Open for business?
I am a small-business owner in Sanford and I am very concerned that our governor and our legislators are not considering the total impact of the 6 percent sales tax on services. I have talked with quite a few other small-business owners who, like me, only provide a service or labor and we don’t see how this new tax is “business friendly.”
Currently, we do not have to file a sales tax return and with either budget, we will have to file one, monthly, quarterly or annually depending on the total of service fees received, creating more paperwork and expense. We will either have to ask for the 6-percent tax or raise our labor rates to cover the added expense. I am concerned that some small businesses, where competition is strong, will absorb the added expense and it will come out of their bottom line.
Have they considered what this is going to do to all the communities within 50 miles of the Maine-New Hampshire border? We small-business owners know we will lose business to New Hampshire businesses that do not collect any sales taxes. It doesn’t sound to me like “Maine is open for business.”
No junk food
Why do politicians who purport to value freedom from government interference so readily interfere in our bedrooms, our doctors’ offices and now in our grocery stores? Sen. Roger Katz, R-Augusta, has introduced a bill to restrict purchases made with food stamps. Apparently the senator believes that Maine taxpayers want to be sure that taxpayer dollars are used for healthy foods instead of soda, chips, candy and other junk foods.
I say let’s make a deal: Make certain that no taxpayer dollars are used for junk food. In other words, let’s pay Maine’s elected officials with EBT cards that can’t be used for Goldfish or Ben & Jerry’s, but will cover all the kale that Katz can carry. In the long run, this should improve the health of our entire state.
Fossil fuel harm
In an April 21 BDN OpEd, Maine Sierra Club Director Glen Brand called out Gov. Paul LePage for his “adamant and irrational opposition” to an economy founded on clean, renewable energy. Brand notes that the transition to such an economy is inevitable, but adds that the governor’s opposition, even sabotage, is making it far more costly.
Who will be bearing those costs? I am a teacher of seventh- and eighth-grade students. When they read that the Gulf of Maine has been warming over the past decade faster than 99 percent of the world’s oceans, what should I tell them about our governor’s energy policies?
When they hear how a specially appointed legislative study panel found that ocean acidification has been progressing faster in the Gulf of Maine than in more southerly waters and that all its shell-producers (every clam, oyster, mussel, lobster, crab, coral and shelled zooplankton at the base of the ocean food chain) are consequently at risk, what should I tell them about our governor’s energy policies?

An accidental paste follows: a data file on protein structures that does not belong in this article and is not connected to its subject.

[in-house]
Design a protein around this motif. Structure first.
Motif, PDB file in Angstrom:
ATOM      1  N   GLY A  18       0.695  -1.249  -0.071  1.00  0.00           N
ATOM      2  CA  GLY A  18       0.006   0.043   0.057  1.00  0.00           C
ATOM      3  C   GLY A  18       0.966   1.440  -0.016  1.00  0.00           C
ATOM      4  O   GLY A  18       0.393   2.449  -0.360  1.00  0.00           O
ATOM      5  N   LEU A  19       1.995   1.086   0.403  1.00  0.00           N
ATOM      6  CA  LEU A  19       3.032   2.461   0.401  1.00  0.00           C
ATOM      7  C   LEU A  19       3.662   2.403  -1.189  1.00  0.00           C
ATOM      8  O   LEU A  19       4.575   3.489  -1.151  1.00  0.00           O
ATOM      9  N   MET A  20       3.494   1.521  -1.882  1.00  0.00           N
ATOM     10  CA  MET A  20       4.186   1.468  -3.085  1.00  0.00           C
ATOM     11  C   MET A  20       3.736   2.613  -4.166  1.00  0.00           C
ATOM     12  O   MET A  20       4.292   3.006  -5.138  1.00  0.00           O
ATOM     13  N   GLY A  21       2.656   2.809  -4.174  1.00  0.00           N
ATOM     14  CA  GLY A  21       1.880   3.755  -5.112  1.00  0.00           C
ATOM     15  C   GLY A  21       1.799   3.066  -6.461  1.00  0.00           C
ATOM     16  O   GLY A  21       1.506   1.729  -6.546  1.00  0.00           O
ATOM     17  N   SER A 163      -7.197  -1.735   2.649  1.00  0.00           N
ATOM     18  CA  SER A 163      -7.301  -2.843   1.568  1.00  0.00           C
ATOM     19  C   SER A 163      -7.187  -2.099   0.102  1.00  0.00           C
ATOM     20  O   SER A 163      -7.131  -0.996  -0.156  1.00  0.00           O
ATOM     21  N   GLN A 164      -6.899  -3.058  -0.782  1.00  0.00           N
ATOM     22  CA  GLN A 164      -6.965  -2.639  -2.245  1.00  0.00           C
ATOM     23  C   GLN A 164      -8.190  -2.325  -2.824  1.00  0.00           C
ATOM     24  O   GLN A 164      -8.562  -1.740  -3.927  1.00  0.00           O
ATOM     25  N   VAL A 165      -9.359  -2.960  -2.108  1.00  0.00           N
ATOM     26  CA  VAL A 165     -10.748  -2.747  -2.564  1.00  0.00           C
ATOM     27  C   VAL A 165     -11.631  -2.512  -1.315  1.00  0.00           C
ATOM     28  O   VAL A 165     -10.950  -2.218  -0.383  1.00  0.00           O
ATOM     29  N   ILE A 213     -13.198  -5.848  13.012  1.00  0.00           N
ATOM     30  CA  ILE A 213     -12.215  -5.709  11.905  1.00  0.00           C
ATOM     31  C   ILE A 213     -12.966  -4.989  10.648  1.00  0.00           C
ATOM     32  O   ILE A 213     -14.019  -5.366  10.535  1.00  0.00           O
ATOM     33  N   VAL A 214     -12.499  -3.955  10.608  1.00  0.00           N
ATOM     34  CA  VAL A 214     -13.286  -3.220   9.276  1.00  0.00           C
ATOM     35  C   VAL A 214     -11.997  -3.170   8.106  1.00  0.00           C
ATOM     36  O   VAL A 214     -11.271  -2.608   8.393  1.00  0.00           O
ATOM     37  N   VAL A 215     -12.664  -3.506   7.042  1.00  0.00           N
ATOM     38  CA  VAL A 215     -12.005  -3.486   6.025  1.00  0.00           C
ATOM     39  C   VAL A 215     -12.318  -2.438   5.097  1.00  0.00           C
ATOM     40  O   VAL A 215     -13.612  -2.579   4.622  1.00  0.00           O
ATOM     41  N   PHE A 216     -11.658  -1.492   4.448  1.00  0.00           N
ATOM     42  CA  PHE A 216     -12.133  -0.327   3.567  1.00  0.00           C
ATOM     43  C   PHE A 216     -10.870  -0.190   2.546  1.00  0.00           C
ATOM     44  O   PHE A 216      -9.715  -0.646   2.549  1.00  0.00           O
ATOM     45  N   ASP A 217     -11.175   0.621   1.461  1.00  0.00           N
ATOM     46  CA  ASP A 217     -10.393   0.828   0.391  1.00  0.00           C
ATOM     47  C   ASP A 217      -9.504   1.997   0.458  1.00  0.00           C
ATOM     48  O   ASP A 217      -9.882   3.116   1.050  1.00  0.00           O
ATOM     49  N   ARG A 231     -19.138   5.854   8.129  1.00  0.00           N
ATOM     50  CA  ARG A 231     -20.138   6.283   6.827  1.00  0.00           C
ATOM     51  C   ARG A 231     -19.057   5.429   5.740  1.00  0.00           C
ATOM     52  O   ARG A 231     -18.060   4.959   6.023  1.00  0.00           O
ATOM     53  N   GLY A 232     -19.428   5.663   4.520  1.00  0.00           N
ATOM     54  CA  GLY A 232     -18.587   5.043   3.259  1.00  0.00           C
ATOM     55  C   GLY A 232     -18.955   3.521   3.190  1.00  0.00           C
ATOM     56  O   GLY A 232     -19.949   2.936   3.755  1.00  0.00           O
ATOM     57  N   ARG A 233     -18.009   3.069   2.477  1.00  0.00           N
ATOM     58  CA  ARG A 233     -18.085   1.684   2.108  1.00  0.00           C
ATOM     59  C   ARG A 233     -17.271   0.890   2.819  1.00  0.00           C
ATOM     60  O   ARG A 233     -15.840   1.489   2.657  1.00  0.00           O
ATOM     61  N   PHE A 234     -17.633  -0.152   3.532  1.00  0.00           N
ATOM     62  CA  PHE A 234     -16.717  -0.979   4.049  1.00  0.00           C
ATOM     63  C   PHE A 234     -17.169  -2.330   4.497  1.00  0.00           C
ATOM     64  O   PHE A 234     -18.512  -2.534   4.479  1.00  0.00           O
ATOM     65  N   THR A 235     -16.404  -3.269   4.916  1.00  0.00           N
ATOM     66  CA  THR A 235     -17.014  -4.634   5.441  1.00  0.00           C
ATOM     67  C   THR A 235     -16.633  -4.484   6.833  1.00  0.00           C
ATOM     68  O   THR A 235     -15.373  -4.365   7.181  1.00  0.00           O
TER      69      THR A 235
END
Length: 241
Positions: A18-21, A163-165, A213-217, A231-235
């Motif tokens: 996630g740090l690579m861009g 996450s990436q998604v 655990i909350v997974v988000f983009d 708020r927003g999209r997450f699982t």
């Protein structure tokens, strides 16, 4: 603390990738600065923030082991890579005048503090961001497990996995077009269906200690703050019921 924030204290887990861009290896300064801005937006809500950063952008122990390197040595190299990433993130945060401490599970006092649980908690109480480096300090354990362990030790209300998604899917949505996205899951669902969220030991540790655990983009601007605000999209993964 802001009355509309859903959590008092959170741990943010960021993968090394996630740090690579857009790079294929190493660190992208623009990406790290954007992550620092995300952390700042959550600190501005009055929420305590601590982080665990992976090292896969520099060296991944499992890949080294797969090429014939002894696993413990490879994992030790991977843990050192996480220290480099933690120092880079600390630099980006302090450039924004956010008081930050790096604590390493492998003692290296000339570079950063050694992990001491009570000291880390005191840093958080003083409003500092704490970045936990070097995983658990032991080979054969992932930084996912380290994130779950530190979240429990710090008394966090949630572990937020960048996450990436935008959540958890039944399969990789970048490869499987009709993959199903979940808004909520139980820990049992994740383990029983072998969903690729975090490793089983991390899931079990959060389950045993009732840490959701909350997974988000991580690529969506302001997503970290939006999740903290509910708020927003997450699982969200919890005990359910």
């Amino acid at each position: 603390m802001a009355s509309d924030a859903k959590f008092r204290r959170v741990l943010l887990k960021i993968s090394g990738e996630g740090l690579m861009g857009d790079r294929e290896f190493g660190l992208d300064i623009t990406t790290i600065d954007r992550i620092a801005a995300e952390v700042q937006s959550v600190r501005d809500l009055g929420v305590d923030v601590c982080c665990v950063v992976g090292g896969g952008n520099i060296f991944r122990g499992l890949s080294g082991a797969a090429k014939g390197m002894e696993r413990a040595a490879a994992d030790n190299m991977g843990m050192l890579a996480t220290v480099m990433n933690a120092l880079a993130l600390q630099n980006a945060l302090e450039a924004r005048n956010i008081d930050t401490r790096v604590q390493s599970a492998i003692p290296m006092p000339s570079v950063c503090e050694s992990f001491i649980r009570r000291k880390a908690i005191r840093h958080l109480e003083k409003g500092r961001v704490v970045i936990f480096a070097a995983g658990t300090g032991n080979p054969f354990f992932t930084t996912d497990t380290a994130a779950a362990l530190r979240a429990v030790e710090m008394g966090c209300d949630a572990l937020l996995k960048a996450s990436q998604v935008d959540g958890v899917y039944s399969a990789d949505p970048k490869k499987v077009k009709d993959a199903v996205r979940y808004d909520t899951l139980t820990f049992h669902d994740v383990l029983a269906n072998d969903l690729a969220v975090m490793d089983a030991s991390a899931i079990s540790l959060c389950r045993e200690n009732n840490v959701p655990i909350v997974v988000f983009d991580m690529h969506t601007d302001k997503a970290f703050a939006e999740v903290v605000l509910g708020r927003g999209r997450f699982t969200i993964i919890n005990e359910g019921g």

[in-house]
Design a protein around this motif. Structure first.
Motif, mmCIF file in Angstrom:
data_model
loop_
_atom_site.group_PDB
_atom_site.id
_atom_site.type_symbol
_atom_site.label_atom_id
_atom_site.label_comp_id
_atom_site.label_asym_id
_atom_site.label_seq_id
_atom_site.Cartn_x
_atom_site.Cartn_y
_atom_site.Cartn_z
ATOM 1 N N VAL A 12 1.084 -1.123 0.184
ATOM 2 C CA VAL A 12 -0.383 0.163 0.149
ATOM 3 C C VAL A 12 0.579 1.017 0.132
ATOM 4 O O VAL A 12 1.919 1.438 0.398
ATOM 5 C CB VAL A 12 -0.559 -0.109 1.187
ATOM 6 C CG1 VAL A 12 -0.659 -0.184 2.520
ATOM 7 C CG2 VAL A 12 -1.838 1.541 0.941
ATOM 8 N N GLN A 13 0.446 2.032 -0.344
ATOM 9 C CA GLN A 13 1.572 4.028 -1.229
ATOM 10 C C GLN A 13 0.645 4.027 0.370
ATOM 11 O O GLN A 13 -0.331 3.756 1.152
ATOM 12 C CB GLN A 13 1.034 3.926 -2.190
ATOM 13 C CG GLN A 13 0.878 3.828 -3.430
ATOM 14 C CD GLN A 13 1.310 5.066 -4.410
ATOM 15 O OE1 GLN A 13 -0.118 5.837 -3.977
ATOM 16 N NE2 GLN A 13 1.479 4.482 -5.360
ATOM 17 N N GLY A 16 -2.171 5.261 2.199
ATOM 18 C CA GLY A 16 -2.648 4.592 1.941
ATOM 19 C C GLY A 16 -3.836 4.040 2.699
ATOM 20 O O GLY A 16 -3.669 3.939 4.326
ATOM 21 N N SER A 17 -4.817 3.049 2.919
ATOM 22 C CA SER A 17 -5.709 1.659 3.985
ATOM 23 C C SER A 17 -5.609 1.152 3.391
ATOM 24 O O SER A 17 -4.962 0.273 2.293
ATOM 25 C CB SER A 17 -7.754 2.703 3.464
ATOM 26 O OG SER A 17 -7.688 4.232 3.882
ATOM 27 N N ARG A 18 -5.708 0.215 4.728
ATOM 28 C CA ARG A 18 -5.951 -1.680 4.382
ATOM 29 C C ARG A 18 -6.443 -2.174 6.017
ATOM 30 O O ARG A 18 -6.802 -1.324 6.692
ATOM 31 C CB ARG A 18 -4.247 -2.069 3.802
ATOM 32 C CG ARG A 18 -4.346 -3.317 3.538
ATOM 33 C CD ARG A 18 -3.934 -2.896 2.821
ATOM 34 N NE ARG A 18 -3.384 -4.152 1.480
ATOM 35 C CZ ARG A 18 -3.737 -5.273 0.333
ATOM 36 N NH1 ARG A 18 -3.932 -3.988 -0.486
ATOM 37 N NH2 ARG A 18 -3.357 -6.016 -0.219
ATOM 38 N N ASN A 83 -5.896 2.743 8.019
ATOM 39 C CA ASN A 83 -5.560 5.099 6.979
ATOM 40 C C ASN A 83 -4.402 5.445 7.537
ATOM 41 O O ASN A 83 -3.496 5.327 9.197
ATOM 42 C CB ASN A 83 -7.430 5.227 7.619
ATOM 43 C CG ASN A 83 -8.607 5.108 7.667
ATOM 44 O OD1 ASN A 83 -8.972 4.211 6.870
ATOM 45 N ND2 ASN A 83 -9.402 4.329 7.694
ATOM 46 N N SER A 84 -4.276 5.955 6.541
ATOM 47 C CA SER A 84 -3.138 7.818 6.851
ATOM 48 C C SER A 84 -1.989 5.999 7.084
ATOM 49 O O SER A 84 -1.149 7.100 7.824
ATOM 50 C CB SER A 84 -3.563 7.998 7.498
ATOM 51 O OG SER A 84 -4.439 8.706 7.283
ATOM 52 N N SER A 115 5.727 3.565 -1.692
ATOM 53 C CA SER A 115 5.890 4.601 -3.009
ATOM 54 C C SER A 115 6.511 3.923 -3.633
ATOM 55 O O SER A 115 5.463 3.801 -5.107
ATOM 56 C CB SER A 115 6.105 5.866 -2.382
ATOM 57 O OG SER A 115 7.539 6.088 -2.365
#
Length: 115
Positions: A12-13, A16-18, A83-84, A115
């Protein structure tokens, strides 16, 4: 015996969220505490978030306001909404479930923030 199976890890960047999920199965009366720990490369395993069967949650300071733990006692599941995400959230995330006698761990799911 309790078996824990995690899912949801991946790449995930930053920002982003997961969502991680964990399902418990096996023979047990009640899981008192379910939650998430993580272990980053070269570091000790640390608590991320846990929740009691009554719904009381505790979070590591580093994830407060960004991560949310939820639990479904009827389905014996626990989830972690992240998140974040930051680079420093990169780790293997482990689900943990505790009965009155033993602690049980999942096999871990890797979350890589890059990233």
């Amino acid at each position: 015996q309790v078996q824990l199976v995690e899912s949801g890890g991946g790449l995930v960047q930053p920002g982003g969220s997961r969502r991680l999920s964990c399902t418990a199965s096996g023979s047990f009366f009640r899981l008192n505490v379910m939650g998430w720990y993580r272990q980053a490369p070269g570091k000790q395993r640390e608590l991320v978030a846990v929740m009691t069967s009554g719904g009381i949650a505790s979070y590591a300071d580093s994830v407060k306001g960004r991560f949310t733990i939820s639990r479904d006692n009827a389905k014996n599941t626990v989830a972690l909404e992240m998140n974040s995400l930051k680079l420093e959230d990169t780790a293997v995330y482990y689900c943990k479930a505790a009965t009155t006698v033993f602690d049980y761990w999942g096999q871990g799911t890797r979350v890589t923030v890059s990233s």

When they learn that commercial cod fishing is gone, commercial shrimp fishing is gone and commercial clamming in many places along the Maine coast is going, what should I tell them about our governor’s energy policies?
The science is clear: Ocean warming and acidification is being caused by carbon pollution from the burning of fossil fuels. When asked by 13- and 14- year-old Maine children what we’re doing about it, what should I tell them?
Concealed carry rationale
I’m not sure why anyone should be opposed to “ constitutional carry” of firearms as being considered in the Legislature. Last I knew, criminals didn’t pay any attention to the laws anyway and they always carry their guns concealed, and they are not supposed to have a gun in the first place. So in reality it would just be the law-abiding people that this law affects, by limiting their ability to defend themselves and others should the need arise.
The current law allows open carry by anyone who can legally possess a handgun, so opposition to this bill will not keep guns out of anyone’s hands that should not have them. Training in the safe use and carry of firearms is recommended, but should not prohibit a person from being able to defend themselves nor prohibit someone from protecting their firearm from the weather by wearing it under a coat or jacket.
Like the legislator who introduced the bill said, wearing a jacket or coat should not make an otherwise legally carried gun illegal.
Few would disagree with the intentions expressed by Kara Hay in her glowing support of LD 956, “An Act to Create Community Schools” in her April 22 BDN OpEd. I’m sure her comments reflect the vision of Penquis, which would likely benefit greatly if this act is passed. But before voting, we need to look at the realities of this bill.
Given the breathtaking scope of this utopian bill, offering practically every possible public service, I’m surprised anyone could take it seriously. For example, there is no funding mechanism. Has anyone even tried to guess at the cost?
And the bill charges our school boards and superintendents with planning these “communities.” Where is the public control? Who will decide what is taught and who gets services? The school board? The superintendent?
In the end, LD 956 will make schools the community itself. The schools will become not just guardians of our children while they are at school, but surrogate parents. In the end, will they force our children to live at school?
There is a huge moral issue here: Will we let our schools, staffed by an army of bureaucrats and social workers, take our children away by keeping them for nearly all their waking hours and acting as their primary caregivers? How can teachers and administrators, who have no experience whatsoever in providing or integrating these services into schools, be asked to do these tasks?
But I’m sure that many will support this bill nonetheless because for them the ends justify the means.